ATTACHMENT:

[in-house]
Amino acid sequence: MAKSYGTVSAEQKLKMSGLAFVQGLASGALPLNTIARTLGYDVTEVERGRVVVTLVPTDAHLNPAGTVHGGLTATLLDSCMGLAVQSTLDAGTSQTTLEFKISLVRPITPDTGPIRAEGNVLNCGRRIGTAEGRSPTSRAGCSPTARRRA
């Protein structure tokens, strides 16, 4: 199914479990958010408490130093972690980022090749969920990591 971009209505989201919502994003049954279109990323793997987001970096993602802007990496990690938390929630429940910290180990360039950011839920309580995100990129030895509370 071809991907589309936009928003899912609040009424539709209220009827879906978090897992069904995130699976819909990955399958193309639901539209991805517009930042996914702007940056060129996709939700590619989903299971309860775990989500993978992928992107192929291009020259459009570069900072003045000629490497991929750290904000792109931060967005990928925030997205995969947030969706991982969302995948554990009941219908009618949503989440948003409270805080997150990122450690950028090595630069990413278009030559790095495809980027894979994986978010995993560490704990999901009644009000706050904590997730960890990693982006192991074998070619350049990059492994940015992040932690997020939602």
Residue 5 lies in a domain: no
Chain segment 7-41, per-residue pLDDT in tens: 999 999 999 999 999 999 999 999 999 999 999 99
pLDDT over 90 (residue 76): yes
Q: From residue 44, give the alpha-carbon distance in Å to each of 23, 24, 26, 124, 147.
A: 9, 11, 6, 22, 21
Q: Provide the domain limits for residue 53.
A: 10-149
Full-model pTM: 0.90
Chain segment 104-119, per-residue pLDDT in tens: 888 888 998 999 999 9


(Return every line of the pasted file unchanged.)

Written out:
[in-house]
Amino acid sequence: MAKSYGTVSAEQKLKMSGLAFVQGLASGALPLNTIARTLGYDVTEVERGRVVVTLVPTDAHLNPAGTVHGGLTATLLDSCMGLAVQSTLDAGTSQTTLEFKISLVRPITPDTGPIRAEGNVLNCGRRIGTAEGRSPTSRAGCSPTARRRA
């Protein structure tokens, strides 16, 4: 199914479990958010408490130093972690980022090749969920990591 971009209505989201919502994003049954279109990323793997987001970096993602802007990496990690938390929630429940910290180990360039950011839920309580995100990129030895509370 071809991907589309936009928003899912609040009424539709209220009827879906978090897992069904995130699976819909990955399958193309639901539209991805517009930042996914702007940056060129996709939700590619989903299971309860775990989500993978992928992107192929291009020259459009570069900072003045000629490497991929750290904000792109931060967005990928925030997205995969947030969706991982969302995948554990009941219908009618949503989440948003409270805080997150990122450690950028090595630069990413278009030559790095495809980027894979994986978010995993560490704990999901009644009000706050904590997730960890990693982006192991074998070619350049990059492994940015992040932690997020939602």
Residue 5 lies in a domain: no
Chain segment 7-41, per-residue pLDDT in tens: 999 999 999 999 999 999 999 999 999 999 999 99
pLDDT over 90 (residue 76): yes
Q: From residue 44, give the alpha-carbon distance in Å to each of 23, 24, 26, 124, 147.
A: 9, 11, 6, 22, 21
Q: Provide the domain limits for residue 53.
A: 10-149
Full-model pTM: 0.90
Chain segment 104-119, per-residue pLDDT in tens: 888 888 998 999 999 9